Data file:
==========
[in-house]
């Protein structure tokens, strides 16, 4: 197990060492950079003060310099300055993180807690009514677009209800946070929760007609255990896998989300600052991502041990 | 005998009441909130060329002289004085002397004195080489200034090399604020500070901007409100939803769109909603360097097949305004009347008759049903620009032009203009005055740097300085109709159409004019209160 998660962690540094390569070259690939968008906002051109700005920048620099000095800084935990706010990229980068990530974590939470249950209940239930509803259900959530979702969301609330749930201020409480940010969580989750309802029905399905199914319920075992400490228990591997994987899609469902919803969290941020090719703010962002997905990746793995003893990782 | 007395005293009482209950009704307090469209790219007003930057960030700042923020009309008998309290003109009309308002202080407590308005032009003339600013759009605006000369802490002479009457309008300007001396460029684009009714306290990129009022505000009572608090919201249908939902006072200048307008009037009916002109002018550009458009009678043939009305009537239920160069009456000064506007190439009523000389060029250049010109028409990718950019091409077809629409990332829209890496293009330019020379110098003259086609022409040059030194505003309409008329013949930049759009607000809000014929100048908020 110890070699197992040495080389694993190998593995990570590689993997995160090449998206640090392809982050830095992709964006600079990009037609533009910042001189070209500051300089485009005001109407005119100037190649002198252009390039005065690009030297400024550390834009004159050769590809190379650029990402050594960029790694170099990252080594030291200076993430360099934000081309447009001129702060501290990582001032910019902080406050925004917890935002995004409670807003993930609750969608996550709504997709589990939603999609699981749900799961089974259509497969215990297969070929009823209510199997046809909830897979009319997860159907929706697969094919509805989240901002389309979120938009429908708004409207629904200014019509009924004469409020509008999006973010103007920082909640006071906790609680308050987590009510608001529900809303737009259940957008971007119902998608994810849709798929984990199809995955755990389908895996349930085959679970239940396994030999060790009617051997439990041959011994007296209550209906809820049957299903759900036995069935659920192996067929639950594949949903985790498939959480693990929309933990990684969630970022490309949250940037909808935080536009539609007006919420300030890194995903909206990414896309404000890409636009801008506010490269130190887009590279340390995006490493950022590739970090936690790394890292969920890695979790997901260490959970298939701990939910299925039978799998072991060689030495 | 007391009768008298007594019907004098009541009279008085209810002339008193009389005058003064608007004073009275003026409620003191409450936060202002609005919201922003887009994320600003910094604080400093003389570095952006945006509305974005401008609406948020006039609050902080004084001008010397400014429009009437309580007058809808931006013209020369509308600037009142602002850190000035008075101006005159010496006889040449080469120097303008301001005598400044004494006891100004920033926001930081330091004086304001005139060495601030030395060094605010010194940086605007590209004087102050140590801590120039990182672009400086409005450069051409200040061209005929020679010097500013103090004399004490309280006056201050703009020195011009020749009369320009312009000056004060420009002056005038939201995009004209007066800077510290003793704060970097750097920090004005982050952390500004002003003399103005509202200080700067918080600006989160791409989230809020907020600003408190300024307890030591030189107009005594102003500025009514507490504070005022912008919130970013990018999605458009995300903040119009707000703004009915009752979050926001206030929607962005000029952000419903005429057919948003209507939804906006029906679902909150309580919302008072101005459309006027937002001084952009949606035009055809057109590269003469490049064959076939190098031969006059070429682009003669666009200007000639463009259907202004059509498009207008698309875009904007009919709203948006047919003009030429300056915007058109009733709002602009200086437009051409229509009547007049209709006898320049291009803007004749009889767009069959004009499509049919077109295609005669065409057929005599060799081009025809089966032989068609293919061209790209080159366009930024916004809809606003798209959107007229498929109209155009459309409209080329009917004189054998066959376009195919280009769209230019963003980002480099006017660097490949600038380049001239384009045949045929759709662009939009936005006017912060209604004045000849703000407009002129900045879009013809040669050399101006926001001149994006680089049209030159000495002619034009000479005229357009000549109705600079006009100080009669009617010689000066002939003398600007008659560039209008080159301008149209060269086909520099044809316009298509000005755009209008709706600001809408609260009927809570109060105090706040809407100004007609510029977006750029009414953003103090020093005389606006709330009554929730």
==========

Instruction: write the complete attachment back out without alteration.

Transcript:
[in-house]
């Protein structure tokens, strides 16, 4: 197990060492950079003060310099300055993180807690009514677009209800946070929760007609255990896998989300600052991502041990 | 005998009441909130060329002289004085002397004195080489200034090399604020500070901007409100939803769109909603360097097949305004009347008759049903620009032009203009005055740097300085109709159409004019209160 998660962690540094390569070259690939968008906002051109700005920048620099000095800084935990706010990229980068990530974590939470249950209940239930509803259900959530979702969301609330749930201020409480940010969580989750309802029905399905199914319920075992400490228990591997994987899609469902919803969290941020090719703010962002997905990746793995003893990782 | 007395005293009482209950009704307090469209790219007003930057960030700042923020009309008998309290003109009309308002202080407590308005032009003339600013759009605006000369802490002479009457309008300007001396460029684009009714306290990129009022505000009572608090919201249908939902006072200048307008009037009916002109002018550009458009009678043939009305009537239920160069009456000064506007190439009523000389060029250049010109028409990718950019091409077809629409990332829209890496293009330019020379110098003259086609022409040059030194505003309409008329013949930049759009607000809000014929100048908020 110890070699197992040495080389694993190998593995990570590689993997995160090449998206640090392809982050830095992709964006600079990009037609533009910042001189070209500051300089485009005001109407005119100037190649002198252009390039005065690009030297400024550390834009004159050769590809190379650029990402050594960029790694170099990252080594030291200076993430360099934000081309447009001129702060501290990582001032910019902080406050925004917890935002995004409670807003993930609750969608996550709504997709589990939603999609699981749900799961089974259509497969215990297969070929009823209510199997046809909830897979009319997860159907929706697969094919509805989240901002389309979120938009429908708004409207629904200014019509009924004469409020509008999006973010103007920082909640006071906790609680308050987590009510608001529900809303737009259940957008971007119902998608994810849709798929984990199809995955755990389908895996349930085959679970239940396994030999060790009617051997439990041959011994007296209550209906809820049957299903759900036995069935659920192996067929639950594949949903985790498939959480693990929309933990990684969630970022490309949250940037909808935080536009539609007006919420300030890194995903909206990414896309404000890409636009801008506010490269130190887009590279340390995006490493950022590739970090936690790394890292969920890695979790997901260490959970298939701990939910299925039978799998072991060689030495 | 007391009768008298007594019907004098009541009279008085209810002339008193009389005058003064608007004073009275003026409620003191409450936060202002609005919201922003887009994320600003910094604080400093003389570095952006945006509305974005401008609406948020006039609050902080004084001008010397400014429009009437309580007058809808931006013209020369509308600037009142602002850190000035008075101006005159010496006889040449080469120097303008301001005598400044004494006891100004920033926001930081330091004086304001005139060495601030030395060094605010010194940086605007590209004087102050140590801590120039990182672009400086409005450069051409200040061209005929020679010097500013103090004399004490309280006056201050703009020195011009020749009369320009312009000056004060420009002056005038939201995009004209007066800077510290003793704060970097750097920090004005982050952390500004002003003399103005509202200080700067918080600006989160791409989230809020907020600003408190300024307890030591030189107009005594102003500025009514507490504070005022912008919130970013990018999605458009995300903040119009707000703004009915009752979050926001206030929607962005000029952000419903005429057919948003209507939804906006029906679902909150309580919302008072101005459309006027937002001084952009949606035009055809057109590269003469490049064959076939190098031969006059070429682009003669666009200007000639463009259907202004059509498009207008698309875009904007009919709203948006047919003009030429300056915007058109009733709002602009200086437009051409229509009547007049209709006898320049291009803007004749009889767009069959004009499509049919077109295609005669065409057929005599060799081009025809089966032989068609293919061209790209080159366009930024916004809809606003798209959107007229498929109209155009459309409209080329009917004189054998066959376009195919280009769209230019963003980002480099006017660097490949600038380049001239384009045949045929759709662009939009936005006017912060209604004045000849703000407009002129900045879009013809040669050399101006926001001149994006680089049209030159000495002619034009000479005229357009000549109705600079006009100080009669009617010689000066002939003398600007008659560039209008080159301008149209060269086909520099044809316009298509000005755009209008709706600001809408609260009927809570109060105090706040809407100004007609510029977006750029009414953003103090020093005389606006709330009554929730």